Fr-SYM-292-5 - Shift Your Stress: Impact And Uptake Of An Act-Based Online Stress Management Programme In A UK Mental Health Charity

Workplace health promotion
Friday May 19   01:15 PM to 02:15 PM (1 hour)
O'Connor Theatre
Workplace health promotion
Shift Your Stress: Impact and uptake of an ACT-based online stress management programme in a UK mental health charity
K. Kaipainen 1,*, D. Lees 1, A.-L. Lappalainen 2, R. Lappalainen 1 3
1Headsted Ltd, Leamington Spa, 2Glyndwr University, Wrexham, United Kingdom, 3University of Jyväskylä, Jyväskylä, Finland
Main Abstract Content: Purpose
Chronic stress is a significant risk factor for mental disorders and physical diseases. Acceptance and commitment therapy (ACT) can help people to learn to handle stressful thoughts, feelings and situations and focus on the essential. The aim of this study is to evaluate the effects and process of delivering an online ACT stress management programme combined with therapeutic meetings at a mental health charity.
A mental health charity in the UK who provide psychological therapy services have been using the online Shift Your Stress programme since April 2016. Clients seeking help for workplace stress are directed to the online programme if deemed suitable by staff members. The programme contains five sessions and its recommended duration is five weeks; in addition, staff members have face-to-face meetings or telephone contact with clients during the intervention. The main outcome measures are depressive symptoms (PHQ-9) and anxiety symptoms (GAD7), collected each week within the programme. Staff members will be interviewed in late 2016 to gather their experiences and evaluate the delivery process.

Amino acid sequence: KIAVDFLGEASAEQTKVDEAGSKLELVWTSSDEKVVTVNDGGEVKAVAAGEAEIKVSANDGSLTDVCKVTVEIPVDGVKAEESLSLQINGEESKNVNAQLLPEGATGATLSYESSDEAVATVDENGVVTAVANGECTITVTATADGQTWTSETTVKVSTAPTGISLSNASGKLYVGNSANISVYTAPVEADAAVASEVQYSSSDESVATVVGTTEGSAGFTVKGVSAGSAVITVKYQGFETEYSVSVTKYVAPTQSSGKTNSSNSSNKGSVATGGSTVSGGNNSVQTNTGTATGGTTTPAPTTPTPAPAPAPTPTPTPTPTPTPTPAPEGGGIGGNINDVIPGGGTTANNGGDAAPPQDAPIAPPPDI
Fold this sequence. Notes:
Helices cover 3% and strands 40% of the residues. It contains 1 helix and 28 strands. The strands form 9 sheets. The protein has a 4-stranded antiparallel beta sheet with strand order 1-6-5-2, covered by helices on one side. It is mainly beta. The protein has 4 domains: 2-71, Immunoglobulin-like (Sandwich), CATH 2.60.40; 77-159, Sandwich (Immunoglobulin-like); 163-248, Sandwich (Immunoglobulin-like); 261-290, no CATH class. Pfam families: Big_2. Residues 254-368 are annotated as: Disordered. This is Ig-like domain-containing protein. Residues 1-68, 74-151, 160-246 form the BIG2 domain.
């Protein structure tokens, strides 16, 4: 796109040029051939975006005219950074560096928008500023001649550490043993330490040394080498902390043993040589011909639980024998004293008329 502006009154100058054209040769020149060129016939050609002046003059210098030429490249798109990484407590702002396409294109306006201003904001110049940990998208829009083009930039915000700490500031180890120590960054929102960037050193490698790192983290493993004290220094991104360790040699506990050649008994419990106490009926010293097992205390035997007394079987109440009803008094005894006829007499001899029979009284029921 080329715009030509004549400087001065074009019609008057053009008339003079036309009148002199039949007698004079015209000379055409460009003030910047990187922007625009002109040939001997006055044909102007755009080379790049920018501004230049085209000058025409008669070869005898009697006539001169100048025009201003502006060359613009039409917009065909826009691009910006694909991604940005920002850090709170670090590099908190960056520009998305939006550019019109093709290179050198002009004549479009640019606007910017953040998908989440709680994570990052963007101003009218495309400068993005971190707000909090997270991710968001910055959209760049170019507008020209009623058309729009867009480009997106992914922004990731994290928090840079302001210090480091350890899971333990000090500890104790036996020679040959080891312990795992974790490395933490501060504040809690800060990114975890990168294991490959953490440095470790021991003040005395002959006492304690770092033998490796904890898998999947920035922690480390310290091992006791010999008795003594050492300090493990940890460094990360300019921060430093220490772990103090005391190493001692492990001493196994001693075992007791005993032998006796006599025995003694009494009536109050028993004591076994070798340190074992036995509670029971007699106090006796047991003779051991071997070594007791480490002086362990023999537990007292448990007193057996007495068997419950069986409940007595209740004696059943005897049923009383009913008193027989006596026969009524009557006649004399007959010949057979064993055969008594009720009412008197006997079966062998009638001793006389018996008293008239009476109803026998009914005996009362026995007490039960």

Preliminary findings indicate high uptake and positive outcomes among clients and high acceptance among staff members.
Lack of a control group and long-term follow-up data limit the generalizability of the findings.
Research/Practical Implications
Preliminary findings support the earlier research about the efficacy of online interventions combined with professional support.
To our knowledge, the study is the first one to present a feasible model for promoting psychological wellbeing by integrating a brief, low-cost ACT intervention into existing health care services.
Disclosure of Interest: K. Kaipainen Conflict with: Headsted Ltd,  Conflict with: Headsted Ltd, D. Lees Conflict with: Headsted Ltd,  Conflict with: Headsted Ltd, A.-L. Lappalainen: None Declared, R. Lappalainen Conflict with: Headsted Ltd


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